February CPI & PPI
|PPI||-0.4% versus estimate -0.3% and January’s +0.1%|
|CPI||5.2% versus estimate 5.2% and January’s 5.4%|
Takeaway: The market largely ignored the data release as PPI was expected to fall through with China coming back online this figure should rebound in March. CPI was driven by food prices rising 21.9% year over year due to the continued shortage of pigs leading very high pork prices which rose by 120%.
The Hang Seng recovered from mid-morning loss of -0.25% rallying to close +1.41%/+352 index points though volumes were off -16% from yesterday though still well above the 1 year age. Breadth was strong today with 46 advancers and just 6 declines led higher by index heavyweights China Construction Bank +2.89%/+60 index points, ICBC +3.68%/+44 index points and Tencent +1.48%/+37 index points. Securities broker CITIC was the day’s best performer +4.98%/+9 index points though Apple supplier Sunny Optical recovered +4.9%/+13 index points. Sino Biopharma was off -1.36%/-4 index points despite a new drug approval while telecom companies China Unicom and China Mobile were off -1.36% and -1.11%. Chinese companies outperformed HK companies in HK today +1.69% versus +1.27% using the HS China Enterprises and HS HK 35 as proxies. The Chinese companies listed in HK within the MSCI China All Shares gained +1.45% led higher by discretionary +2.52%, energy +2.32%, financials +2.16%, tech +1.59%, real estate +1.28%, industrials +1.22%, communication +1.14%, staples +0.93%, materials +0.6% and utilities +0.52%. Health care stocks were off -0.49%. Southbound Connect volumes were elevated in the new normal as mainland investors continue to buy HK listed stocks at 2 to 1 buyers to sellers. Volume leader CCB had 17 to 1 buyers, Tencent 4 to 1 and Semiconductor Manufacturing was sold 2 to 1. Mainland investors bought $1.076 billion of HK stocks following a $1B day buy yesterday. Southbound Connect accounted for 8.6% of HK turnover today.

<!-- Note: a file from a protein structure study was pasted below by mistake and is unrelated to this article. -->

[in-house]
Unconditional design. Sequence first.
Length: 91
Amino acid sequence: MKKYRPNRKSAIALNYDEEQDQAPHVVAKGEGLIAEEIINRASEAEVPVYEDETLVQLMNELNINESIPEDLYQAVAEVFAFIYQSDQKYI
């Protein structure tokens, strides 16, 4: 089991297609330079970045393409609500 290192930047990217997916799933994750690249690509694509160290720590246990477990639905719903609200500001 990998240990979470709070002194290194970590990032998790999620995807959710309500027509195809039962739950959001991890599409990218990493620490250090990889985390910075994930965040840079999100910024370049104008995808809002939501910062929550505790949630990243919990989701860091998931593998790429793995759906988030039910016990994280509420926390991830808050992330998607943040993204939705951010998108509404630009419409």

Shanghai & Shenzhen gained +1.82% and +2.06%, respectively, overcoming morning losses as stocks rebounded in the afternoon session. Shanghai closed just below the 3k level at 2,996. Breadth was very strong with 2,887 advancers and just 785 decliners on volume that was flat day over day though twice the 1-year average. Small and mid-caps snapped back stronger than large caps though it was a broad rally. The Mainland stocks within the MSCI China All Shares Index gained +2.21% led higher by tech +5.16%, discretionary +2.85%, communication +2.71%, industrials +2.32%, staples +2.19%, financials +1.87%, materials +1.38%, utilities +1.23%, real estate +1.21% and health care +0.14%. Energy was off -0.13%. Foreign investors were active buyers of Mainland stocks via the Northbound Connect trading platform as Shenzhen volume and buying and exceeded its elder sibling Shanghai. Foreign investors bought $445mm worth of Mainland stocks today while Northbound Connect accounted for 4.4% of Mainland turnover.
Lost in yesterday’s disaster were strong Q4 results from small search provider Sogou (SOGO), which noted that search inquiries increased due to COVID-19. Revenues were still down due to Bytedance’s having taken a bite out of the company’s ad revenues. However, cost-cutting drove a strong uptick in net income. The company processed a daily average of 802mm voice searches during the quarter.
Last Night’s Prices & Yields
- CNY/USD 6.96 versus 6.95 yesterday
- CNY/EUR 7.92 versus 7.93 yesterday
- Yield on 1-Day Government Bond 1.60% versus 1.19% yesterday
- Yield on 10-Year Government Bond 2.52% versus 2.61% yesterday
- Yield on 10-Year China Development Bank Bond 3.11% versus 3.03% yesterday
- Commodities rebounded higher on the Shanghai & Dalian Exchanges with Dr. Copper were off -1.57%